* XMAS ~ sometimes pronounced eksmas, but it, and variants such as Xtemass, originated as handwriting abbreviations for the typical pronunciation krismas. The "-mas" part is from the Latin-derived Old English word for Mass, while the "X" comes from the Greek letter Chi, which is the first letter of the Greek word Xpiotoc, translated as "Christ". There is a common misconception that the word Xmas stems from a secular attempt to remove the religious tradition from Christmas by taking the "Christ" out of "Christmas". Early use of "Xmas" includes Bernard Ward's History of St. Edmund's college, Old Hall, originally published circa 1755. An earlier version, "X'temmas", dates to 1551.Around 1100 the term was written as "Xpes mæsse" in the Anglo-Saxon Chronicle
* BANK ~ latin: banco... meaning a bench. Visitors to ancient Rome were only allowed to use the Roman currency and had to visit money changers who set up benches where they transacted their business
* LIBRARY ~ latin: liber -- with a long I -- meaning, "to peel"; the thin coating found on the inner bark of the Egyptain papyrus marsh plant, peeled off was used by the ancient Greeks and Romans for making paper, but the word paper comes from the latin.. papyros, the marsh plant.

* JACKPUDDING ~ a noun meaning a “merry-andrew” or “a zany” — in other words, a joker who acts the fool to make other people laugh. Originally a buffoon/jester who performed pudding tricks, such as swallowing a certain number of yards of black-pudding. Countries name its stage buffoon from its favourite viands: The Dutchman calls him Pickel-herringë; the Germans, Hans Wurst (John Sausage); the Frenchman, Jean Potage; the Italian, Macaroni; and the English, Jack Pudding.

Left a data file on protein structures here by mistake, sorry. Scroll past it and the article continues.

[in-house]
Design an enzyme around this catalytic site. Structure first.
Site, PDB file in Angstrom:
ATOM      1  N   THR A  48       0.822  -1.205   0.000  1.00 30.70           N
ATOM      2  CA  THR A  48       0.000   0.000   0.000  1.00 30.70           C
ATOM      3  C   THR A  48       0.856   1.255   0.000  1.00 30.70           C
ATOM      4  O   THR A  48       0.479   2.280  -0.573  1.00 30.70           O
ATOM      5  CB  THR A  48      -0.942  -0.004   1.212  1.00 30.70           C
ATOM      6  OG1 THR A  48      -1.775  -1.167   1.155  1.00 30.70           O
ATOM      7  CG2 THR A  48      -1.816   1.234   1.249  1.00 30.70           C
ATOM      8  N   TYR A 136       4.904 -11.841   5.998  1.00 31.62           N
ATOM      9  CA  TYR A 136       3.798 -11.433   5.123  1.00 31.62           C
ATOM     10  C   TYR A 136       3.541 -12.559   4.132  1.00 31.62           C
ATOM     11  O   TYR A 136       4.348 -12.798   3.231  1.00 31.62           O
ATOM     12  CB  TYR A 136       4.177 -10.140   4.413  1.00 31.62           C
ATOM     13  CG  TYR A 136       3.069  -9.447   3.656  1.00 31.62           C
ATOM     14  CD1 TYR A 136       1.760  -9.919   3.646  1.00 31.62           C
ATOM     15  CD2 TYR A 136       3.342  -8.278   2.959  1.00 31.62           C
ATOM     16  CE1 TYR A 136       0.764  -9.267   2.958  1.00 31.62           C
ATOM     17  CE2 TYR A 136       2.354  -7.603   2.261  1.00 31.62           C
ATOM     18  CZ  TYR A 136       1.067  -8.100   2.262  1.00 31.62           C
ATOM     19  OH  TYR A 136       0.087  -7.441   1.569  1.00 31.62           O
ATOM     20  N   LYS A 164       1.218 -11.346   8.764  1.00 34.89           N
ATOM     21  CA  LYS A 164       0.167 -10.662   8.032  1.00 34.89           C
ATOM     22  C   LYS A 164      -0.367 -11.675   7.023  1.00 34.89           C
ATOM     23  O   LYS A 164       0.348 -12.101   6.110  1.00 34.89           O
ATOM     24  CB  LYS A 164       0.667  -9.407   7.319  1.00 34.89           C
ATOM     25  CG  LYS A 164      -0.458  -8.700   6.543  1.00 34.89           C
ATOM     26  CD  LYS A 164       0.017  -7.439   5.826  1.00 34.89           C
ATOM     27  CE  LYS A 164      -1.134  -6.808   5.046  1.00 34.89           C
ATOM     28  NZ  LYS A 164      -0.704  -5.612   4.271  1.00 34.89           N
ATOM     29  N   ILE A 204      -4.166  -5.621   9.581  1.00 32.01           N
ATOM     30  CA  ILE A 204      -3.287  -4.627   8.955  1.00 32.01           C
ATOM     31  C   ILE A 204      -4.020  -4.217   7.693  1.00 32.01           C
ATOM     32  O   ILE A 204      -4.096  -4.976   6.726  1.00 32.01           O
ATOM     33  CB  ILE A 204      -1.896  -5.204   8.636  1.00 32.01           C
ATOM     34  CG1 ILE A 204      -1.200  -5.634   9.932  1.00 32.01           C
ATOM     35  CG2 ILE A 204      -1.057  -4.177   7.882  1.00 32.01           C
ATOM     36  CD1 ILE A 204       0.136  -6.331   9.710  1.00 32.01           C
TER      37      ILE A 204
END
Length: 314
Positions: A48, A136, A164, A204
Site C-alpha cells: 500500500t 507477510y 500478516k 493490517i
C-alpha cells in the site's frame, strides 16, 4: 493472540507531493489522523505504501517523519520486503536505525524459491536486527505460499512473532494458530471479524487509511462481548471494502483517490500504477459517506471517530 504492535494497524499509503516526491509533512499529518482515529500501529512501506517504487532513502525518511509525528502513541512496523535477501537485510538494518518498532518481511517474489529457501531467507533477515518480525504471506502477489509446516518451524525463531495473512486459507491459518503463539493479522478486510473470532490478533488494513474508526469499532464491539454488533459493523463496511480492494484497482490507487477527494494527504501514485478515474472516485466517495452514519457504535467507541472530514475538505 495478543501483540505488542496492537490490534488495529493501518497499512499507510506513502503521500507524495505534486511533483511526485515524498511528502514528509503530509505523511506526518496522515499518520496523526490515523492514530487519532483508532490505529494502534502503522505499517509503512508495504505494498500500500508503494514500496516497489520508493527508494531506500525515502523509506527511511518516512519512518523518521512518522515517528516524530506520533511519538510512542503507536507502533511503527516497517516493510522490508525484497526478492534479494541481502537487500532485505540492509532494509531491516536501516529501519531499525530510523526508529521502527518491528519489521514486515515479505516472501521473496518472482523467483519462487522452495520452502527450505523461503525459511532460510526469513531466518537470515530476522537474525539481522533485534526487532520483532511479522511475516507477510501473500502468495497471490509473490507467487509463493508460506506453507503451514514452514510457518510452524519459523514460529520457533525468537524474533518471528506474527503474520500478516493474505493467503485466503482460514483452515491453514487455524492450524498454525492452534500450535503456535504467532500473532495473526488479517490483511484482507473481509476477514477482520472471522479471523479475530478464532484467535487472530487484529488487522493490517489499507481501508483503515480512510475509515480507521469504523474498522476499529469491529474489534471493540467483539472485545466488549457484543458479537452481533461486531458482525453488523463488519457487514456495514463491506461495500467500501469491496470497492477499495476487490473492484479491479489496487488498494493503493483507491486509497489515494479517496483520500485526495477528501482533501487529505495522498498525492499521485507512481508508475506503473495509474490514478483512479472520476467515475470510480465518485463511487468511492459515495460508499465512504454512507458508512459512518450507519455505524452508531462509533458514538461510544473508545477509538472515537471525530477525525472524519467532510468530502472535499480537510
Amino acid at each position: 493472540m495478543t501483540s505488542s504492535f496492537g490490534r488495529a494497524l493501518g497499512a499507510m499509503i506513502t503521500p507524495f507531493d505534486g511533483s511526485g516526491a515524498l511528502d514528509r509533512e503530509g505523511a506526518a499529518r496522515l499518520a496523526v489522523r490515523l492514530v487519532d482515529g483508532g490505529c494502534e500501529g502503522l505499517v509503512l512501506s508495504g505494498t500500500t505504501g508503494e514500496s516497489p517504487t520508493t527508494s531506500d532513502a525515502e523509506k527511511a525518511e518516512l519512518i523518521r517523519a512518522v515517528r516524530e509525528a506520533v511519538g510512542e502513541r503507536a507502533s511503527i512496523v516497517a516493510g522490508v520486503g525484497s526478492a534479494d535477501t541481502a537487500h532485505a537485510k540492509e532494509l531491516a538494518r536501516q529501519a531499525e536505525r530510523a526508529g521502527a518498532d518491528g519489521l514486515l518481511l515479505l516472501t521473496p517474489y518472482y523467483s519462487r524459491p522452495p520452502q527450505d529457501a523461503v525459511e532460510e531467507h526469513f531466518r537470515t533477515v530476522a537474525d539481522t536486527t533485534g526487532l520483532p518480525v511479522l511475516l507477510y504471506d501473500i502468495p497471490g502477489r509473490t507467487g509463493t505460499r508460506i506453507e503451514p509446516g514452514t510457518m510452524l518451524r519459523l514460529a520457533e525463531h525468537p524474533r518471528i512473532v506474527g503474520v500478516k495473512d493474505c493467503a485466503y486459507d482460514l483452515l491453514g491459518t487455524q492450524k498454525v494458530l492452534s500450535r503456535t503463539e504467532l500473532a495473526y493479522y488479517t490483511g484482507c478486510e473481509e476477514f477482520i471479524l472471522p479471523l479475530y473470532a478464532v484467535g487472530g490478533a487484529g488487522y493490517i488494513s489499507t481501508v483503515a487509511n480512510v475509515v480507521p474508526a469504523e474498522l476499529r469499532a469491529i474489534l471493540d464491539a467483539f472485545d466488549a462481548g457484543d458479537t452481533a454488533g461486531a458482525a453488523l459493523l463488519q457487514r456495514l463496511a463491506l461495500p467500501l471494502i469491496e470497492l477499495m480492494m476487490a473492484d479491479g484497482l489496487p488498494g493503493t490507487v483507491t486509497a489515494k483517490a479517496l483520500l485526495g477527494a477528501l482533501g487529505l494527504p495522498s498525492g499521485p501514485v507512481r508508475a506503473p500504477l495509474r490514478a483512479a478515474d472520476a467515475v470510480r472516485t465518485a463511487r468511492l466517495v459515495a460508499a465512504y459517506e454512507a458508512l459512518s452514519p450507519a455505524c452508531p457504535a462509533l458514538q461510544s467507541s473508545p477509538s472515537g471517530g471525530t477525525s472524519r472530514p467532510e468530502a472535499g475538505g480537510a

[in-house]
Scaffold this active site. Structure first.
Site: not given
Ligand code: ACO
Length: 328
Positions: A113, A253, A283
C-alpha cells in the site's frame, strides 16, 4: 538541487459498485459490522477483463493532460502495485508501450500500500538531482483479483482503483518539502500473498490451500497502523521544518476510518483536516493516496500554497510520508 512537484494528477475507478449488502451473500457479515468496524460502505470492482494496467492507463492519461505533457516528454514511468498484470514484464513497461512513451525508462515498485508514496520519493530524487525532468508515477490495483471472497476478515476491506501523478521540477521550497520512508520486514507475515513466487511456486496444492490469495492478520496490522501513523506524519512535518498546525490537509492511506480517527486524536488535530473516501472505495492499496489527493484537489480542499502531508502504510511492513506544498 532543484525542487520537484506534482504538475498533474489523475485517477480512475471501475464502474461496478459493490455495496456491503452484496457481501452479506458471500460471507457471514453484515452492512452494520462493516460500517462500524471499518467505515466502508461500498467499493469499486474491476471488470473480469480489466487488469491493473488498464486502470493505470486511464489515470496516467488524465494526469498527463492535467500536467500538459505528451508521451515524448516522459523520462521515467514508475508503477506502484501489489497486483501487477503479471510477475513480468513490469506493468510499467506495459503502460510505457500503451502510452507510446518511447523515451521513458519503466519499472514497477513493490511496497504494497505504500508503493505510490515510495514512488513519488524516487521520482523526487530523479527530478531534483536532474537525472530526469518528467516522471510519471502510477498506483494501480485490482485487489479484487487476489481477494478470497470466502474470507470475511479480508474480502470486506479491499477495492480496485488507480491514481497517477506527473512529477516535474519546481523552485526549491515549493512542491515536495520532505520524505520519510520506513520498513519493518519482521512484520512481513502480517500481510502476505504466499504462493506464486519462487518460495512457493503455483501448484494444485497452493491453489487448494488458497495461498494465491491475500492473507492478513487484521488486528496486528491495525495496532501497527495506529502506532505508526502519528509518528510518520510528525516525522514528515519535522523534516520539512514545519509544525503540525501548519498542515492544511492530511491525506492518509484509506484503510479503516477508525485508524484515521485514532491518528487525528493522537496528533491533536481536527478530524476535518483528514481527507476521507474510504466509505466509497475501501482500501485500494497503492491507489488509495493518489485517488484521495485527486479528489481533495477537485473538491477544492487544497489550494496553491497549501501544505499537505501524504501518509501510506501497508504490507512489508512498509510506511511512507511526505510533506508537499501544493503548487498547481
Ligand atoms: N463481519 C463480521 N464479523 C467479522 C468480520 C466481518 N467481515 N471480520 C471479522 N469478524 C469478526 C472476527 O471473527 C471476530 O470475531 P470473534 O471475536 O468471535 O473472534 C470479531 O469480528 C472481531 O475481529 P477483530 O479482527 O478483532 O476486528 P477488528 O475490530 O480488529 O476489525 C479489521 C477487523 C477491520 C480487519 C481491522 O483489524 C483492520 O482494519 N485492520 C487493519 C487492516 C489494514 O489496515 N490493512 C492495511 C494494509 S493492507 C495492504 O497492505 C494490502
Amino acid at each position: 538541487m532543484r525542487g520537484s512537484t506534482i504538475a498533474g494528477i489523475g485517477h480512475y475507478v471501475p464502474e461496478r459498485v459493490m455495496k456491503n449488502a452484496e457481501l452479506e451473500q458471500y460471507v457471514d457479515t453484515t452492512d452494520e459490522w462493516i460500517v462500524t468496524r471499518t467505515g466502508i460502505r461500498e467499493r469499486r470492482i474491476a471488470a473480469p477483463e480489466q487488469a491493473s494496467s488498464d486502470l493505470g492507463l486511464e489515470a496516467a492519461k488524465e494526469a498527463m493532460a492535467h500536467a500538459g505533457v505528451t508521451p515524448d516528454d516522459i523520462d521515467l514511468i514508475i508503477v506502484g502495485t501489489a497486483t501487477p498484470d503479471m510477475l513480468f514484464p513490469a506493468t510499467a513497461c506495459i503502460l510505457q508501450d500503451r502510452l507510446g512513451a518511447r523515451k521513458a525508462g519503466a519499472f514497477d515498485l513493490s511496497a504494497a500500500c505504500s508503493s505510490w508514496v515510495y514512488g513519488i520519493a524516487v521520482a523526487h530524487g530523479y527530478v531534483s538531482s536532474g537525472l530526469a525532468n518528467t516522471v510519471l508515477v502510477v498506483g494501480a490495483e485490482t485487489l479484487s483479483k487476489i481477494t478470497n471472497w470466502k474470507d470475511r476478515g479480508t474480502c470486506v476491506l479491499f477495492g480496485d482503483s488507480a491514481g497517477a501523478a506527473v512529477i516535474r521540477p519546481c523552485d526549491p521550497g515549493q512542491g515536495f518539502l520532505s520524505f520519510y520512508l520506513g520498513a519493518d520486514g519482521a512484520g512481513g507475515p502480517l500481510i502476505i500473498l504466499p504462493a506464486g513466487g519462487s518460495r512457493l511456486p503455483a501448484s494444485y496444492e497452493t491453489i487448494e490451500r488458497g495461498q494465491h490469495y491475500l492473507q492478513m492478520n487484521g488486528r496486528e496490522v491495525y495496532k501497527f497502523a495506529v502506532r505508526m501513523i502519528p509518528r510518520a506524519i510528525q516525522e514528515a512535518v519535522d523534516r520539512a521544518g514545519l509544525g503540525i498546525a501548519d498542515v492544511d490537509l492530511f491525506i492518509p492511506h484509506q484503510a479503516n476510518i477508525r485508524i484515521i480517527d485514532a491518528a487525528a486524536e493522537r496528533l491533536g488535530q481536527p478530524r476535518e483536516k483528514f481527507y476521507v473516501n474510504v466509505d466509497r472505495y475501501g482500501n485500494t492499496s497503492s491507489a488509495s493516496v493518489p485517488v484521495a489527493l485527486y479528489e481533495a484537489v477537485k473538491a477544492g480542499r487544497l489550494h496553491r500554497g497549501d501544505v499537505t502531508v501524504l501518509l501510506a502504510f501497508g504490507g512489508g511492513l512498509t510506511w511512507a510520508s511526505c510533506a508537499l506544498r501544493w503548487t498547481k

* FLUMPENCE ~ means an insulting small tip or payment.

DUFFIFIE ~ means to lay a bottle on its side-after drinking its contents, so as to collect the few remaining drops, so every last drop can then be dribbled into a glass. (The Simpsons come to mind!!!)
* GELICIDE ~ from the 17th century meaning "a frost"
means to caress sexually, to fondle, to pet, to canoodle or to indulge in foreplay
* AMBILEVOUS ~ first attested in English in 1646 from Latin ambi - “both” + laevus - “left” ... meaning having equally bad ability in both hands; clumsy, awkward, butterfingered (also the opposite to ambidextrous)
* LARDLET ~ a small piece of bacon to put in a recipe, a sprinkle of bacon used to enrich the flavor of a dish.